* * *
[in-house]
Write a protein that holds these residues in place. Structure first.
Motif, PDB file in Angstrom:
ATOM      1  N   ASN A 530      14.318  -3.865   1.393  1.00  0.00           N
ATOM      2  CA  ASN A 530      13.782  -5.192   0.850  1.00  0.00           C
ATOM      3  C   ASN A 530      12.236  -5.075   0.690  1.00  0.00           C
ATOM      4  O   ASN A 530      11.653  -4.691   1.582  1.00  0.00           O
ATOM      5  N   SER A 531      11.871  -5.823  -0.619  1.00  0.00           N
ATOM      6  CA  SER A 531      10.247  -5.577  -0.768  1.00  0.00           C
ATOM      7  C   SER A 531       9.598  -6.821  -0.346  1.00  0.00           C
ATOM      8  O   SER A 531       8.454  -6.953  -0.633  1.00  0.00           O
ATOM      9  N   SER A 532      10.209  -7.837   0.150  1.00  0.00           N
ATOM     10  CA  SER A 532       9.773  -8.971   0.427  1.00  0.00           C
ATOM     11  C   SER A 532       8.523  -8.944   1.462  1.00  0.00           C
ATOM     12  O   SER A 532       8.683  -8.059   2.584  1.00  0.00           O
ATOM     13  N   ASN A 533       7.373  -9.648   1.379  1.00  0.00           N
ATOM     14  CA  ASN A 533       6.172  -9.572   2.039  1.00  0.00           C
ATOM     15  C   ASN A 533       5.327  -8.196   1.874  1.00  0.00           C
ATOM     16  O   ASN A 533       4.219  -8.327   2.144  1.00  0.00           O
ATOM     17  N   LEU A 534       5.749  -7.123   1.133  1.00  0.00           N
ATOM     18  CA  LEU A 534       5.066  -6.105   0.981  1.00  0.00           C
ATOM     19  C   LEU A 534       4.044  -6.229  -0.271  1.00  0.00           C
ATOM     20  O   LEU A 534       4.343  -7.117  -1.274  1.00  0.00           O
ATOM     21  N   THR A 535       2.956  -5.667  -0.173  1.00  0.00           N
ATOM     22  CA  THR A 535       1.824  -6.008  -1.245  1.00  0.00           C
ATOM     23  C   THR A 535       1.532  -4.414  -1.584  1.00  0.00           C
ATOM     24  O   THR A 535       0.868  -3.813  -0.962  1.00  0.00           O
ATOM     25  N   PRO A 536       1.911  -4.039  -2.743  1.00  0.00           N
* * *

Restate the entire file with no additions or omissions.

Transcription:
[in-house]
Write a protein that holds these residues in place. Structure first.
Motif, PDB file in Angstrom:
ATOM      1  N   ASN A 530      14.318  -3.865   1.393  1.00  0.00           N
ATOM      2  CA  ASN A 530      13.782  -5.192   0.850  1.00  0.00           C
ATOM      3  C   ASN A 530      12.236  -5.075   0.690  1.00  0.00           C
ATOM      4  O   ASN A 530      11.653  -4.691   1.582  1.00  0.00           O
ATOM      5  N   SER A 531      11.871  -5.823  -0.619  1.00  0.00           N
ATOM      6  CA  SER A 531      10.247  -5.577  -0.768  1.00  0.00           C
ATOM      7  C   SER A 531       9.598  -6.821  -0.346  1.00  0.00           C
ATOM      8  O   SER A 531       8.454  -6.953  -0.633  1.00  0.00           O
ATOM      9  N   SER A 532      10.209  -7.837   0.150  1.00  0.00           N
ATOM     10  CA  SER A 532       9.773  -8.971   0.427  1.00  0.00           C
ATOM     11  C   SER A 532       8.523  -8.944   1.462  1.00  0.00           C
ATOM     12  O   SER A 532       8.683  -8.059   2.584  1.00  0.00           O
ATOM     13  N   ASN A 533       7.373  -9.648   1.379  1.00  0.00           N
ATOM     14  CA  ASN A 533       6.172  -9.572   2.039  1.00  0.00           C
ATOM     15  C   ASN A 533       5.327  -8.196   1.874  1.00  0.00           C
ATOM     16  O   ASN A 533       4.219  -8.327   2.144  1.00  0.00           O
ATOM     17  N   LEU A 534       5.749  -7.123   1.133  1.00  0.00           N
ATOM     18  CA  LEU A 534       5.066  -6.105   0.981  1.00  0.00           C
ATOM     19  C   LEU A 534       4.044  -6.229  -0.271  1.00  0.00           C
ATOM     20  O   LEU A 534       4.343  -7.117  -1.274  1.00  0.00           O
ATOM     21  N   THR A 535       2.956  -5.667  -0.173  1.00  0.00           N
ATOM     22  CA  THR A 535       1.824  -6.008  -1.245  1.00  0.00           C
ATOM     23  C   THR A 535       1.532  -4.414  -1.584  1.00  0.00           C
ATOM     24  O   THR A 535       0.868  -3.813  -0.962  1.00  0.00           O
ATOM     25  N   PRO A 536       1.911  -4.039  -2.743  1.00  0.00           N